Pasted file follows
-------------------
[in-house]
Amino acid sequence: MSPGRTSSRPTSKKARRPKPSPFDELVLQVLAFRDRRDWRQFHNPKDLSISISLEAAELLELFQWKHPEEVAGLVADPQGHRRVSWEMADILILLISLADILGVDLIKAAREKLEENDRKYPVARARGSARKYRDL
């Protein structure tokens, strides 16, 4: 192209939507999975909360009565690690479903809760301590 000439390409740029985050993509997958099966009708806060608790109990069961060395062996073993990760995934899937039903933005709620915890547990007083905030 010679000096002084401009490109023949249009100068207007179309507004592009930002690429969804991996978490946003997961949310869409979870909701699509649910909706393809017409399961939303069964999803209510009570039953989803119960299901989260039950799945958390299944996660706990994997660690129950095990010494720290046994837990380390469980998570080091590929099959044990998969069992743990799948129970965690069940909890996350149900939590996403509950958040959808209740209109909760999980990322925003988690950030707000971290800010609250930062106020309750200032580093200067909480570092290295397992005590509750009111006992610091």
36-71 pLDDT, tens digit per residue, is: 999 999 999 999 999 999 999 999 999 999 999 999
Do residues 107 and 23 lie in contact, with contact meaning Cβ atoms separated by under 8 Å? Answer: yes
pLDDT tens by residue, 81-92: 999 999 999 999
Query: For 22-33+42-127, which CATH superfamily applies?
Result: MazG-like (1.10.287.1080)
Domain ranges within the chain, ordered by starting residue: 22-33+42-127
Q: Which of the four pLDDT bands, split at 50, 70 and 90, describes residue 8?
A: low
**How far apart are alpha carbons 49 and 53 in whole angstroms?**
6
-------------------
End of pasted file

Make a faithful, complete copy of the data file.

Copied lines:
[in-house]
Amino acid sequence: MSPGRTSSRPTSKKARRPKPSPFDELVLQVLAFRDRRDWRQFHNPKDLSISISLEAAELLELFQWKHPEEVAGLVADPQGHRRVSWEMADILILLISLADILGVDLIKAAREKLEENDRKYPVARARGSARKYRDL
């Protein structure tokens, strides 16, 4: 192209939507999975909360009565690690479903809760301590 000439390409740029985050993509997958099966009708806060608790109990069961060395062996073993990760995934899937039903933005709620915890547990007083905030 010679000096002084401009490109023949249009100068207007179309507004592009930002690429969804991996978490946003997961949310869409979870909701699509649910909706393809017409399961939303069964999803209510009570039953989803119960299901989260039950799945958390299944996660706990994997660690129950095990010494720290046994837990380390469980998570080091590929099959044990998969069992743990799948129970965690069940909890996350149900939590996403509950958040959808209740209109909760999980990322925003988690950030707000971290800010609250930062106020309750200032580093200067909480570092290295397992005590509750009111006992610091």
36-71 pLDDT, tens digit per residue, is: 999 999 999 999 999 999 999 999 999 999 999 999
Do residues 107 and 23 lie in contact, with contact meaning Cβ atoms separated by under 8 Å? Answer: yes
pLDDT tens by residue, 81-92: 999 999 999 999
Query: For 22-33+42-127, which CATH superfamily applies?
Result: MazG-like (1.10.287.1080)
Domain ranges within the chain, ordered by starting residue: 22-33+42-127
Q: Which of the four pLDDT bands, split at 50, 70 and 90, describes residue 8?
A: low
**How far apart are alpha carbons 49 and 53 in whole angstroms?**
6